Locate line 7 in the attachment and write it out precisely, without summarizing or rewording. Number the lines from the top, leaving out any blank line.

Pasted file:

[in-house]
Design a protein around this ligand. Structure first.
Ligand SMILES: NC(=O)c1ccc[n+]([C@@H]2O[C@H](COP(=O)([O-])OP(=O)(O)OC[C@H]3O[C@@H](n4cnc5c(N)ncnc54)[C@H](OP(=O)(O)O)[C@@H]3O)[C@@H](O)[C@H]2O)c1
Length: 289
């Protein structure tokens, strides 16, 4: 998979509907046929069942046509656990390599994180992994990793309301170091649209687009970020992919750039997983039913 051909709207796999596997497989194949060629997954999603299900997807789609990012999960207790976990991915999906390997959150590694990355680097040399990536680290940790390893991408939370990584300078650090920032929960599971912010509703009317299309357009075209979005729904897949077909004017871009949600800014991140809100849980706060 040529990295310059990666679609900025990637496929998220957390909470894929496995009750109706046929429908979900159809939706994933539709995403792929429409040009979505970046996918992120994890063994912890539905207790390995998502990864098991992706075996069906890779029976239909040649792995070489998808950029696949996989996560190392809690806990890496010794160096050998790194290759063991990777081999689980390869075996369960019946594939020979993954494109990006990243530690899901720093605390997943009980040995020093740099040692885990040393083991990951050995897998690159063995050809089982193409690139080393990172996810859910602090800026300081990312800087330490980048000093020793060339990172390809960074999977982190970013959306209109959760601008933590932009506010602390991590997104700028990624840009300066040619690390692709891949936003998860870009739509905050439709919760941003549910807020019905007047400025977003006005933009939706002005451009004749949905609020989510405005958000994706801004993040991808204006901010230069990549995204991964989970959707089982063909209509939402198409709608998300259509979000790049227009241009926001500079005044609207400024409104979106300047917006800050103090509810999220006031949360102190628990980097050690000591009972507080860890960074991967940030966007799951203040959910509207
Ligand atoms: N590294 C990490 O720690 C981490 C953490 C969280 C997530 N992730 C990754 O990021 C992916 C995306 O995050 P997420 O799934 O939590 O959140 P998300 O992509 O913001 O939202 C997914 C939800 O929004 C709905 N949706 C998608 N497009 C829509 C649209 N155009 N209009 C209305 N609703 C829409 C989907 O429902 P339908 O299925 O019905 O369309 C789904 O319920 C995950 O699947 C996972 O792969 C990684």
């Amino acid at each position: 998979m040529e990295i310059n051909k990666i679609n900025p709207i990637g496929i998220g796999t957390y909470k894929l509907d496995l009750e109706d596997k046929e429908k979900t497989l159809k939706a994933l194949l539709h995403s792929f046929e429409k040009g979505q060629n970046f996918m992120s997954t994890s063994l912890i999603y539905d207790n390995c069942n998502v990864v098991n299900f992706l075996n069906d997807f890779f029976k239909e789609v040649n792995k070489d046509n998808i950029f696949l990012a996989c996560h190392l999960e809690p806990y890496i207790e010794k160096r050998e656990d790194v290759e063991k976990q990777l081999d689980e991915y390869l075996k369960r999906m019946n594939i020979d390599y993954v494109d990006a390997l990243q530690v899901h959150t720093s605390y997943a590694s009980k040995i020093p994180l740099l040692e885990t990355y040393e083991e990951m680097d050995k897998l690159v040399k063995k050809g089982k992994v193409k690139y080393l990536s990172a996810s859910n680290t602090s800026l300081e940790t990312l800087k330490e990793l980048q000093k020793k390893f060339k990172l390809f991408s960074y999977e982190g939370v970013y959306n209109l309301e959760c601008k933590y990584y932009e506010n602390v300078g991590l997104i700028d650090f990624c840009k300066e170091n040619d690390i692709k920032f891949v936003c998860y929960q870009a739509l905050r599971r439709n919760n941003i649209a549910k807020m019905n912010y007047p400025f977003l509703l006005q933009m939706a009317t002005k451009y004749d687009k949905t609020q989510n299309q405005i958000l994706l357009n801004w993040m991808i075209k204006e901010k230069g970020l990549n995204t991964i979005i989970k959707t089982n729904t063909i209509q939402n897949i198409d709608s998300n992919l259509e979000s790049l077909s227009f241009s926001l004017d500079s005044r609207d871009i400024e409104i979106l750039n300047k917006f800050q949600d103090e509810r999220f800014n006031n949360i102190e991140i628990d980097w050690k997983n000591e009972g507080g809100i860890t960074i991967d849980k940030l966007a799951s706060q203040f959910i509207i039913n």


């Amino acid at each position: 998979m040529e990295i310059n051909k990666i679609n900025p709207i990637g496929i998220g796999t957390y909470k894929l509907d496995l009750e109706d596997k046929e429908k979900t497989l159809k939706a994933l194949l539709h995403s792929f046929e429409k040009g979505q060629n970046f996918m992120s997954t994890s063994l912890i999603y539905d207790n390995c069942n998502v990864v098991n299900f992706l075996n069906d997807f890779f029976k239909e789609v040649n792995k070489d046509n998808i950029f696949l990012a996989c996560h190392l999960e809690p806990y890496i207790e010794k160096r050998e656990d790194v290759e063991k976990q990777l081999d689980e991915y390869l075996k369960r999906m019946n594939i020979d390599y993954v494109d990006a390997l990243q530690v899901h959150t720093s605390y997943a590694s009980k040995i020093p994180l740099l040692e885990t990355y040393e083991e990951m680097d050995k897998l690159v040399k063995k050809g089982k992994v193409k690139y080393l990536s990172a996810s859910n680290t602090s800026l300081e940790t990312l800087k330490e990793l980048q000093k020793k390893f060339k990172l390809f991408s960074y999977e982190g939370v970013y959306n209109l309301e959760c601008k933590y990584y932009e506010n602390v300078g991590l997104i700028d650090f990624c840009k300066e170091n040619d690390i692709k920032f891949v936003c998860y929960q870009a739509l905050r599971r439709n919760n941003i649209a549910k807020m019905n912010y007047p400025f977003l509703l006005q933009m939706a009317t002005k451009y004749d687009k949905t609020q989510n299309q405005i958000l994706l357009n801004w993040m991808i075209k204006e901010k230069g970020l990549n995204t991964i979005i989970k959707t089982n729904t063909i209509q939402n897949i198409d709608s998300n992919l259509e979000s790049l077909s227009f241009s926001l004017d500079s005044r609207d871009i400024e409104i979106l750039n300047k917006f800050q949600d103090e509810r999220f800014n006031n949360i102190e991140i628990d980097w050690k997983n000591e009972g507080g809100i860890t960074i991967d849980k940030l966007a799951s706060q203040f959910i509207i039913n």